An Efficient Modeling Approach for Probabilistic Assessments of Present-Day and Future Fluvial Flooding

Hieu Ngo, Roshanka Ranasinghe, Chris Zevenbergen, Ebru Kirezci, Dikman Maheng, Mohanasundar Radhakrishnan, Assela Pathirana*

*Corresponding author for this work

Research output: Contribution to journalArticleScientificpeer-review

2 Citations (Scopus)
44 Downloads (Pure)


Risk-informed flood risk management requires a comprehensive and quantitative risk assessment, which often demands multiple (thousands of) river and flood model simulations. Performing such a large number of model simulations is a challenge, especially for large, complex river systems (e.g., Mekong) due to the associated computational and resource demands. This article presents an efficient probabilistic modeling approach that combines a simplified 1D hydrodynamic model for the entire Mekong Delta with a detailed 1D/2D coupled model and demonstrates its application at Can Tho city in the Mekong Delta. Probabilistic flood-hazard maps, ranging from 0.5 to 100 year return period events, are obtained for the urban center of Can Tho city under different future scenarios taking into account the impact of climate change forcing (river flow, sea-level rise, storm surge) and land subsidence. Results obtained under present conditions show that more than 12% of the study area is inundated by the present-day 100 year return period of water level. Future projections show that, if the present rate of land subsidence continues, by 2050 (under both RCP 4.5 and RCP 8.5 climate scenarios), the 0.5 and 100 year return period flood extents will increase by around 15- and 8-fold, respectively, relative to the present-day flood extent. However, without land subsidence, the projected increases in the 0.5 and 100 year return period flood extents by 2050 (under RCP 4.5 and RCP 8.5) are limited to between a doubling to tripling of the present-day flood extent. Therefore, adaptation measures that can reduce the rate of land subsidence (e.g., limiting groundwater extraction), would substantially mitigate future flood hazards in the study area. A combination of restricted groundwater extraction and the construction of a new and more efficient urban drainage network would facilitate even further reductions in the flood hazard. The projected 15-fold increase in flood extent projected by 2050 for the twice per year (0.5 year return period) flood event implies that the “do nothing” management approach is not a feasible option for Can Tho.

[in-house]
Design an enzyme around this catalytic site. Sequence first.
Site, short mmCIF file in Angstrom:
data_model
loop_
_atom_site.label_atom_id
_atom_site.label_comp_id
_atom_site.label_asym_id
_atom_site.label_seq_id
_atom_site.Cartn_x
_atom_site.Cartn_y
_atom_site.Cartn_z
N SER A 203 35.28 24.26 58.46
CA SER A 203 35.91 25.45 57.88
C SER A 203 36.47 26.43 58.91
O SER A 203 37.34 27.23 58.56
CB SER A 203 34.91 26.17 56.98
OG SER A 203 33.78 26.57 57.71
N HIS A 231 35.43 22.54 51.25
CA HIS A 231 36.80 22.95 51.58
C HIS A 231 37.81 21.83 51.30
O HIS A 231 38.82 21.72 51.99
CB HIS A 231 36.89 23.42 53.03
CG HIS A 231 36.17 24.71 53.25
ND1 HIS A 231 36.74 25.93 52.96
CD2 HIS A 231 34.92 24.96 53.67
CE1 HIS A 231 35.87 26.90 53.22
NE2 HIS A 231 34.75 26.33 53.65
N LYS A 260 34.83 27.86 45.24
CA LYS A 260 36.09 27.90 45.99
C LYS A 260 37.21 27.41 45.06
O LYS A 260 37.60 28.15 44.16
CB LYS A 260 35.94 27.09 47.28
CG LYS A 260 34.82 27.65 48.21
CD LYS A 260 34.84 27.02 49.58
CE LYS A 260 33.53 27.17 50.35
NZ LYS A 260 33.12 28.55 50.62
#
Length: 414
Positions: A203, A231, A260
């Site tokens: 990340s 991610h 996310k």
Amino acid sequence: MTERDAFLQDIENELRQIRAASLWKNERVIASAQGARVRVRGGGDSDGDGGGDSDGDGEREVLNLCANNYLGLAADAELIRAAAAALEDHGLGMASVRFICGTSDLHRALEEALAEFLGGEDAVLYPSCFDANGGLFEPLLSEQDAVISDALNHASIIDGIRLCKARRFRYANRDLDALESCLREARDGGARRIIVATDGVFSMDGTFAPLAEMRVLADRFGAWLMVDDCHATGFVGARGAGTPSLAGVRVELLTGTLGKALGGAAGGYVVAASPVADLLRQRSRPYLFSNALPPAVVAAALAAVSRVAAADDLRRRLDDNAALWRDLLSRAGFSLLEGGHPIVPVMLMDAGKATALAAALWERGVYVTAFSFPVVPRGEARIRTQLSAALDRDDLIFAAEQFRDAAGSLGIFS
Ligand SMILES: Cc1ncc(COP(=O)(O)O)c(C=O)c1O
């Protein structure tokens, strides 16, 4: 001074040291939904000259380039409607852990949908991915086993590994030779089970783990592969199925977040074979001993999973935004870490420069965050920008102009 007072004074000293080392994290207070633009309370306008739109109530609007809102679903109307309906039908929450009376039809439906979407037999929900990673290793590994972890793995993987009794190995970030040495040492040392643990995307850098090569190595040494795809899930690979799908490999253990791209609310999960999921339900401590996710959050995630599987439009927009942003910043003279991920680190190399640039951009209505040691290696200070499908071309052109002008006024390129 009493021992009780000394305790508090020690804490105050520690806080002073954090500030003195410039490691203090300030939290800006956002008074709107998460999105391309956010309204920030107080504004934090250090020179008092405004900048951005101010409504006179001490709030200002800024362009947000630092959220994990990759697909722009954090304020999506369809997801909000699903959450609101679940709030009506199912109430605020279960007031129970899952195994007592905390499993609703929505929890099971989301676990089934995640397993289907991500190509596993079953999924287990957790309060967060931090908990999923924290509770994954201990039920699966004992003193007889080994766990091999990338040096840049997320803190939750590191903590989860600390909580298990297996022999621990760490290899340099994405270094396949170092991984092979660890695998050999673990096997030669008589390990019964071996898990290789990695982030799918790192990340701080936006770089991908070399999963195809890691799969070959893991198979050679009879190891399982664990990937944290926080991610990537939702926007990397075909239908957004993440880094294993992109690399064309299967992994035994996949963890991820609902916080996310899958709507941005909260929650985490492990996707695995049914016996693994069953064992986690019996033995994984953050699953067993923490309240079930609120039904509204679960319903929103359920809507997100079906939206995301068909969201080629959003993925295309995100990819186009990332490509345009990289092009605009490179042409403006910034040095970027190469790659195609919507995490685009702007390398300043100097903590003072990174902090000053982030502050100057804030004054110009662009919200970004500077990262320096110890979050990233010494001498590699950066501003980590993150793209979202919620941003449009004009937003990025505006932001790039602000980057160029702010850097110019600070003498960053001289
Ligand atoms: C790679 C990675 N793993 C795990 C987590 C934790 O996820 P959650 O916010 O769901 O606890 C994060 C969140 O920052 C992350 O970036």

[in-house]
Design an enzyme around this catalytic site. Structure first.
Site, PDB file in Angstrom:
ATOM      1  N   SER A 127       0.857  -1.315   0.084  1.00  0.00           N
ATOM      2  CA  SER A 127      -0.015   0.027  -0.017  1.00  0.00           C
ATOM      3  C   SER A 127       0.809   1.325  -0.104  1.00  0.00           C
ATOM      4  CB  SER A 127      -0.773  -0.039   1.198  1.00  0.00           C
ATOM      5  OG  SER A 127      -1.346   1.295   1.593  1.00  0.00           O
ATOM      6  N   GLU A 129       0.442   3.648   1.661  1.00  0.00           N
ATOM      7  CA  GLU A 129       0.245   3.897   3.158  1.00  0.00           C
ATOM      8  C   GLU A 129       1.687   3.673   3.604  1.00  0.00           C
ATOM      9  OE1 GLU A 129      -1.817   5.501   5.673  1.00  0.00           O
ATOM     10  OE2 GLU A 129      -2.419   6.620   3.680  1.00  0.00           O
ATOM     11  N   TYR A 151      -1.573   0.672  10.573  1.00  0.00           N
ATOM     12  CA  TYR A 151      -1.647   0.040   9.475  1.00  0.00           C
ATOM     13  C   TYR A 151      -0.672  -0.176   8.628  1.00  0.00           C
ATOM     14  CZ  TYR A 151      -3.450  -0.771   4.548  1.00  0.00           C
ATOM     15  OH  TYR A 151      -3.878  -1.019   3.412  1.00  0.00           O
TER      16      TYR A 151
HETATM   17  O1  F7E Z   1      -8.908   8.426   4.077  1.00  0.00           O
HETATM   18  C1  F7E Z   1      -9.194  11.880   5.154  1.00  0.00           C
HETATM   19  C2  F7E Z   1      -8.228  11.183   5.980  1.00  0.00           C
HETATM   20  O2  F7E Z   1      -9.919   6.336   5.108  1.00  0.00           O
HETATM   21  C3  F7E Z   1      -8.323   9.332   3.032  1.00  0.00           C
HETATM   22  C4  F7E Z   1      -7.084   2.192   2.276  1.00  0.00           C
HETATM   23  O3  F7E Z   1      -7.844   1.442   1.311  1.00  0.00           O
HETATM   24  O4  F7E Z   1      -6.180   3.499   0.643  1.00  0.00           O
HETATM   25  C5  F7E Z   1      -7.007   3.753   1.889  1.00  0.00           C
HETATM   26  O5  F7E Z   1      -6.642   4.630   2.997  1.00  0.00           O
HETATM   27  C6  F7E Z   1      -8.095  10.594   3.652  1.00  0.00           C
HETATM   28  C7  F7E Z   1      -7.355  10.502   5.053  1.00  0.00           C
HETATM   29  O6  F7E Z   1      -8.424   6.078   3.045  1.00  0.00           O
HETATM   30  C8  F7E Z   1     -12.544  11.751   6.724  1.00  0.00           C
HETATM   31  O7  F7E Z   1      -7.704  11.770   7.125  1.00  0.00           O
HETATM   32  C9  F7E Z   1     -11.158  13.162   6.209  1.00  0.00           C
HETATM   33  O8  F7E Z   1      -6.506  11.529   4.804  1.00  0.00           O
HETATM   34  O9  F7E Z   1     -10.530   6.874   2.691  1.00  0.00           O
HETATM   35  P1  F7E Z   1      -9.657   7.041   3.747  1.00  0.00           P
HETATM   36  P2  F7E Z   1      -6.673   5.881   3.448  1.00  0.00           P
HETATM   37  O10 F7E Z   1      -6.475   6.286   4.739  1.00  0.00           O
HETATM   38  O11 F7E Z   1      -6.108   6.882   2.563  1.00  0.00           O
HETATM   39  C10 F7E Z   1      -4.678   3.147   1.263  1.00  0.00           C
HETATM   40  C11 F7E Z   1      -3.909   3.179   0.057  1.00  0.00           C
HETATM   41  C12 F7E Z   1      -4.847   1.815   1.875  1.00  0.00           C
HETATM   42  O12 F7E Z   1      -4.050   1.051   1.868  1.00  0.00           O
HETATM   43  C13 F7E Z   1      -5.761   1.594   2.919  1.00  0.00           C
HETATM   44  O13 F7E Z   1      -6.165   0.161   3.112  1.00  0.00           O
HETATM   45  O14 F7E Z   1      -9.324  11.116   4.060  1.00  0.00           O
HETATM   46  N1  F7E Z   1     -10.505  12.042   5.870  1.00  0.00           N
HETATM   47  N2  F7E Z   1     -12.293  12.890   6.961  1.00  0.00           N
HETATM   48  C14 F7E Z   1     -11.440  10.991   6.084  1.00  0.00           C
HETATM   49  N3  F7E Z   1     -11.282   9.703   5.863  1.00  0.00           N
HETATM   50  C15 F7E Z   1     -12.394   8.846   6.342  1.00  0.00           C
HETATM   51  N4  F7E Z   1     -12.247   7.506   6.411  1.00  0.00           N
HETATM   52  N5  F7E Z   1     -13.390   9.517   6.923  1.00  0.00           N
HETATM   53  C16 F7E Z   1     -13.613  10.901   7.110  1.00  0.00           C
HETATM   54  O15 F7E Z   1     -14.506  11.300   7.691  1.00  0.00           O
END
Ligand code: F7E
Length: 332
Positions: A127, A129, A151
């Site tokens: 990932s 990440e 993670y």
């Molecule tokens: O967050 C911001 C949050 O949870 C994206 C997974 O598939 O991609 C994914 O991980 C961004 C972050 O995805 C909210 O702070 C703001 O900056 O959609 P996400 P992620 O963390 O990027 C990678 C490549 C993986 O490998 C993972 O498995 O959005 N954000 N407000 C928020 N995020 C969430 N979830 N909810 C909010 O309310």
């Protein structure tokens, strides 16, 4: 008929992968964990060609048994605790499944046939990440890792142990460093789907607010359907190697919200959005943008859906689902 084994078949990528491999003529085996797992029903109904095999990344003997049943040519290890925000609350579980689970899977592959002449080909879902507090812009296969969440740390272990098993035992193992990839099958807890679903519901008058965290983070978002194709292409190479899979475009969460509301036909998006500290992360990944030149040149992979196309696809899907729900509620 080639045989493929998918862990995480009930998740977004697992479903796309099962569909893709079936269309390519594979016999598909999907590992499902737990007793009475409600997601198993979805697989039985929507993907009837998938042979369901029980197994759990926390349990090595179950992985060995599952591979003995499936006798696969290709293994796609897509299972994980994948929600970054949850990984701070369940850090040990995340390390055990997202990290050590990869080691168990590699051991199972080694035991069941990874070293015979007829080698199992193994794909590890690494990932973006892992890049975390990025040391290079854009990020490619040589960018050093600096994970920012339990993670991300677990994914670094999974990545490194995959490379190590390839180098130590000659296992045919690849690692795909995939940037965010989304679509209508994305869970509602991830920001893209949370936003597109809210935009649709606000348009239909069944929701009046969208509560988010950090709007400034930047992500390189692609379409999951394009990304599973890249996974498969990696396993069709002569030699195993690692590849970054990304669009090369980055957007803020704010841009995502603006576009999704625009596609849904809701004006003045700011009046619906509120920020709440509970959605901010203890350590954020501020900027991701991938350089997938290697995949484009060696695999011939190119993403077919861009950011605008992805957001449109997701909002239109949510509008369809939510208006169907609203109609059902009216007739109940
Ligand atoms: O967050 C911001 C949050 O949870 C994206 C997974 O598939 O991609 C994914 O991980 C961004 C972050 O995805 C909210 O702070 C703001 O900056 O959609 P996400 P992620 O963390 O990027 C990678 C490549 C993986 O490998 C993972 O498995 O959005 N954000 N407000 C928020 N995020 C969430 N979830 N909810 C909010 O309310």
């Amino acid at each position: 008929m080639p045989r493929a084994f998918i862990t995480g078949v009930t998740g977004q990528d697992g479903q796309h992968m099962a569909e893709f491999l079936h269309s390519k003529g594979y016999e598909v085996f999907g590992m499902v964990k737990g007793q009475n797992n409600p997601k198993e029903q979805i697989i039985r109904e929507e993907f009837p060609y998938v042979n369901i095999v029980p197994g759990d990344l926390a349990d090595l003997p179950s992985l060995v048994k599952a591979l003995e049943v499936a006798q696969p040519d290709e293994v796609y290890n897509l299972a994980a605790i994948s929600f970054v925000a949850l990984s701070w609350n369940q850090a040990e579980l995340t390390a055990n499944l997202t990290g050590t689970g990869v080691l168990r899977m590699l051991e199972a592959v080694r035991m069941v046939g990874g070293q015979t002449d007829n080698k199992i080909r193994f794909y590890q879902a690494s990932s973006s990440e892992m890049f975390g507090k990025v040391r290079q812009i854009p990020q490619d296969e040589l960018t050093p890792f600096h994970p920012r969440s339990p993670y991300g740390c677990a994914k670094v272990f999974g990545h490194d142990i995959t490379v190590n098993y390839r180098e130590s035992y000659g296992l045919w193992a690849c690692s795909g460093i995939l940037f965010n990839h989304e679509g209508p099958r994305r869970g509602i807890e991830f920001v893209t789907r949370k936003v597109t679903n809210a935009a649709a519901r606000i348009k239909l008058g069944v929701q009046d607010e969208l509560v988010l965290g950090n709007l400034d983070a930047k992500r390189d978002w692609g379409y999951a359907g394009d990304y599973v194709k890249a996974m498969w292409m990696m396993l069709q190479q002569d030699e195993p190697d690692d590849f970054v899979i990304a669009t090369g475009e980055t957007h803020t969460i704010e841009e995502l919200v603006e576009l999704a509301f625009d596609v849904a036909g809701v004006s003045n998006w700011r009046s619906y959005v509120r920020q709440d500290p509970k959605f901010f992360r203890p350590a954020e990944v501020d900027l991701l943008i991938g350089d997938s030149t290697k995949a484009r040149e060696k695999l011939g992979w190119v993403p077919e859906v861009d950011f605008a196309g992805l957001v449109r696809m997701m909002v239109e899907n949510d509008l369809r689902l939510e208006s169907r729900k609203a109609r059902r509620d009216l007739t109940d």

Original languageEnglish
Article number798618
Number of pages22
JournalFrontiers in Climate
Publication statusPublished - 2022


  • 1D/2D modeling
  • Mekong Delta
  • surrogate model
  • urban drainage
  • urban flood
  • Vietnam


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